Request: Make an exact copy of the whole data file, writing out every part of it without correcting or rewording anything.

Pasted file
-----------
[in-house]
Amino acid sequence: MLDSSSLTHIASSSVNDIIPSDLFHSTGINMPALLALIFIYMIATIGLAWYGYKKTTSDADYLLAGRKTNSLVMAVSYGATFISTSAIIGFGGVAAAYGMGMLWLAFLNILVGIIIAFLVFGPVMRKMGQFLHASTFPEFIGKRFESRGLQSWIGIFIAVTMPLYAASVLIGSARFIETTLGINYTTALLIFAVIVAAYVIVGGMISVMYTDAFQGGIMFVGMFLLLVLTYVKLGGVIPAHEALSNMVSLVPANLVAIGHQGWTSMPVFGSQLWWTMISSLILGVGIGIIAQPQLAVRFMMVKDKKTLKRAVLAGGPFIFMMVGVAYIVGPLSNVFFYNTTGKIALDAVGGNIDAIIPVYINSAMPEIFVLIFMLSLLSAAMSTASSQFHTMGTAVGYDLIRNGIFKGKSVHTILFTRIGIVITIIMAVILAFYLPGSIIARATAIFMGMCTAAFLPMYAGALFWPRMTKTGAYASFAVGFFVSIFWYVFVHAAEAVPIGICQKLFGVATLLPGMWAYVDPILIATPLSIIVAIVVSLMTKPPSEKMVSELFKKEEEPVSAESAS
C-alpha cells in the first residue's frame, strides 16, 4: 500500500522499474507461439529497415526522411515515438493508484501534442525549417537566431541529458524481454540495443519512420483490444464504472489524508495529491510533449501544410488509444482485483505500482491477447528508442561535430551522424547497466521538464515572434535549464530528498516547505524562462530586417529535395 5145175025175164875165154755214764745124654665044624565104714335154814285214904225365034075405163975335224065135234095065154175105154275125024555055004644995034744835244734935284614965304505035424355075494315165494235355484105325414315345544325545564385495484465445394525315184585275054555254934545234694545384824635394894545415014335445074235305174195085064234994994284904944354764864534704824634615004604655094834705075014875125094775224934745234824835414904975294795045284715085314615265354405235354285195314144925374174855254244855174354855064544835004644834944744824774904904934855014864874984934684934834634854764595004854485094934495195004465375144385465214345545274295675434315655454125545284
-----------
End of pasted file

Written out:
[in-house]
Amino acid sequence: MLDSSSLTHIASSSVNDIIPSDLFHSTGINMPALLALIFIYMIATIGLAWYGYKKTTSDADYLLAGRKTNSLVMAVSYGATFISTSAIIGFGGVAAAYGMGMLWLAFLNILVGIIIAFLVFGPVMRKMGQFLHASTFPEFIGKRFESRGLQSWIGIFIAVTMPLYAASVLIGSARFIETTLGINYTTALLIFAVIVAAYVIVGGMISVMYTDAFQGGIMFVGMFLLLVLTYVKLGGVIPAHEALSNMVSLVPANLVAIGHQGWTSMPVFGSQLWWTMISSLILGVGIGIIAQPQLAVRFMMVKDKKTLKRAVLAGGPFIFMMVGVAYIVGPLSNVFFYNTTGKIALDAVGGNIDAIIPVYINSAMPEIFVLIFMLSLLSAAMSTASSQFHTMGTAVGYDLIRNGIFKGKSVHTILFTRIGIVITIIMAVILAFYLPGSIIARATAIFMGMCTAAFLPMYAGALFWPRMTKTGAYASFAVGFFVSIFWYVFVHAAEAVPIGICQKLFGVATLLPGMWAYVDPILIATPLSIIVAIVVSLMTKPPSEKMVSELFKKEEEPVSAESAS
C-alpha cells in the first residue's frame, strides 16, 4: 500500500522499474507461439529497415526522411515515438493508484501534442525549417537566431541529458524481454540495443519512420483490444464504472489524508495529491510533449501544410488509444482485483505500482491477447528508442561535430551522424547497466521538464515572434535549464530528498516547505524562462530586417529535395 5145175025175164875165154755214764745124654665044624565104714335154814285214904225365034075405163975335224065135234095065154175105154275125024555055004644995034744835244734935284614965304505035424355075494315165494235355484105325414315345544325545564385495484465445394525315184585275054555254934545234694545384824635394894545415014335445074235305174195085064234994994284904944354764864534704824634615004604655094834705075014875125094775224934745234824835414904975294795045284715085314615265354405235354285195314144925374174855254244855174354855064544835004644834944744824774904904934855014864874984934684934834634854764595004854485094934495195004465375144385465214345545274295675434315655454125545284